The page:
Porch light - Enough light to trick my girls?

Discussion in 'Chicken Behaviors and Egglaying' started by m.kitchengirl, Nov 11, 2011.

  1. m.kitchengirl

    m.kitchengirl Songster

    Jun 4, 2011
    So, my chickens are 28 weeks.
    They are dual purpose birds, for the most part. I got my first 3 eggs this week. [​IMG]

    I got birds that should do well in winter, and hoped that meant that I wouldn't need to add light.
    This year is our first year w/ chickens and the M.O.T.H. wanted to see how we did before I built the big garden shed coop w/electricity et al (he is thrilled, I have the green light to get the shed in February/March!). I hate extension chords and have been fighting the idea of a light for a long time.

    I moved the coop up to just below my kitchen window. The back door is about 3 feet from the coop, and there is a light just a little further away.

    The other night M.O.T.H. heard coyotes in the back field and went out to hear how close they were (close). He left the back light on that night. I didn't know, and it was on for 2 nights.
    I got the first egg the 2nd morning after the light was left on.
    Now I have gotten 3 eggs in two days (none this a.m., but they laid one egg after I left for work yesterday and one just before, so who knows?).
    I haven't turned off the light.
    Am I being "cute" (silly) like the M.O.T.H. says?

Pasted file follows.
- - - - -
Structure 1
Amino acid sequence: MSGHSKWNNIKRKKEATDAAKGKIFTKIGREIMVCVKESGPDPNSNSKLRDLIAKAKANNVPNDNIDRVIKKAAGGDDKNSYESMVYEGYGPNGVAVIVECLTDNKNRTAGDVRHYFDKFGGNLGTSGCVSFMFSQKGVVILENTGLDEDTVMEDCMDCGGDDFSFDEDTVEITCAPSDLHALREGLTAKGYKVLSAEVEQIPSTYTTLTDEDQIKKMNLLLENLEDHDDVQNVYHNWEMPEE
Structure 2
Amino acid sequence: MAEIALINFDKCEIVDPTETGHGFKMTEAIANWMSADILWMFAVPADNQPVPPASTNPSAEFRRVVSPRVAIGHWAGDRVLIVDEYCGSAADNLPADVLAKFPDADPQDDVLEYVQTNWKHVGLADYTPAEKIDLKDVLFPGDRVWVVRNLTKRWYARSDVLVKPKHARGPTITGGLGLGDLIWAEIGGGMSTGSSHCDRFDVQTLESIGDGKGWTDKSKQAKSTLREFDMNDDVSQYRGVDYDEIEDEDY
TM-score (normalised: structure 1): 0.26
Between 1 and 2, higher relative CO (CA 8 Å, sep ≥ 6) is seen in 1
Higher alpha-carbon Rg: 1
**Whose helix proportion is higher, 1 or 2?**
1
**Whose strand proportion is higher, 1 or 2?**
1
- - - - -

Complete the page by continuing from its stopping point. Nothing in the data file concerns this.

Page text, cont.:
Is the light a coincidence, or could it actually be doing the trick? [​IMG]
    Last edited: Nov 11, 2011
  2. Fred's Hens

    Fred's Hens Crowing Premium Member

    Chickens are indeed photo reactive and respond to light. Whether just your back door light is enough is a matter of wait and see. I prefer a timer. I like the birds to sleep at night and take their needed rest. I wake them at 5 am with a light that will go off at 9 or 10 am. I have to do barn chores at 6 am anyhow, and I need to see. The light wakes them, gets them off the roosts and enables them to see to drink, to find the nest boxes, and to begin eating. This would all be delayed until 8 or 9 am if left for the sunrise.

    First year pullets aren't nearly as sensitive to short day conditions as old birds are, but all of them benefit from having a 12 hour day. Without a light here, they'd only have a 8 or 9 hour day, from now until February. That's a lot of darkness.
  3. Aemelia

    Aemelia Chirping

    Mar 28, 2011
    Lincoln, Nebraska
    I think our back porch is enough. I'm not aggressive about the light I just turn on our back porch light at 6:30 when I get up. I let my girls out at the same time. They are usually awake in their coop anyway. I'm not real formal about it or anything I don't know how many hours that is and I know it will be less as the days continue to get shorter. I'm not getting piles of eggs just a few. But it was less before I started turning on the light.

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